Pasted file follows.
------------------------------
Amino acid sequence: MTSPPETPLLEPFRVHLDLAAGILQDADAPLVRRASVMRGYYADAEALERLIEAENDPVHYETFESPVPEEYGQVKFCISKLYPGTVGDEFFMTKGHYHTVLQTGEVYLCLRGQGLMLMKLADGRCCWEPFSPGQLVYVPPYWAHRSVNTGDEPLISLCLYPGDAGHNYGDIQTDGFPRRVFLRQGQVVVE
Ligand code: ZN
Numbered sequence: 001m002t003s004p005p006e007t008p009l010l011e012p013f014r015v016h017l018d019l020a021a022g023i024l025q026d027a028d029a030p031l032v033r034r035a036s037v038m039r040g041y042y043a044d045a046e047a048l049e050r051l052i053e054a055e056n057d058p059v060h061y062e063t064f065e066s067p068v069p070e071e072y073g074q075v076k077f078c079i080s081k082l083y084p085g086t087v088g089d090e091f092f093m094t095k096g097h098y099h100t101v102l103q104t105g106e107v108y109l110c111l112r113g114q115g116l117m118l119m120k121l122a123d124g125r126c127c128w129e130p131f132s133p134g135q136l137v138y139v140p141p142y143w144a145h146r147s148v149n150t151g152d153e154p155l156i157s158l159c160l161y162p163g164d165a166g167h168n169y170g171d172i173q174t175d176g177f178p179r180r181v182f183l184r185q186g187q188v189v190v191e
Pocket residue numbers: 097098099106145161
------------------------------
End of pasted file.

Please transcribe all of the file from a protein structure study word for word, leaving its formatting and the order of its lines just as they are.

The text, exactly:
Amino acid sequence: MTSPPETPLLEPFRVHLDLAAGILQDADAPLVRRASVMRGYYADAEALERLIEAENDPVHYETFESPVPEEYGQVKFCISKLYPGTVGDEFFMTKGHYHTVLQTGEVYLCLRGQGLMLMKLADGRCCWEPFSPGQLVYVPPYWAHRSVNTGDEPLISLCLYPGDAGHNYGDIQTDGFPRRVFLRQGQVVVE
Ligand code: ZN
Numbered sequence: 001m002t003s004p005p006e007t008p009l010l011e012p013f014r015v016h017l018d019l020a021a022g023i024l025q026d027a028d029a030p031l032v033r034r035a036s037v038m039r040g041y042y043a044d045a046e047a048l049e050r051l052i053e054a055e056n057d058p059v060h061y062e063t064f065e066s067p068v069p070e071e072y073g074q075v076k077f078c079i080s081k082l083y084p085g086t087v088g089d090e091f092f093m094t095k096g097h098y099h100t101v102l103q104t105g106e107v108y109l110c111l112r113g114q115g116l117m118l119m120k121l122a123d124g125r126c127c128w129e130p131f132s133p134g135q136l137v138y139v140p141p142y143w144a145h146r147s148v149n150t151g152d153e154p155l156i157s158l159c160l161y162p163g164d165a166g167h168n169y170g171d172i173q174t175d176g177f178p179r180r181v182f183l184r185q186g187q188v189v190v191e
Pocket residue numbers: 097098099106145161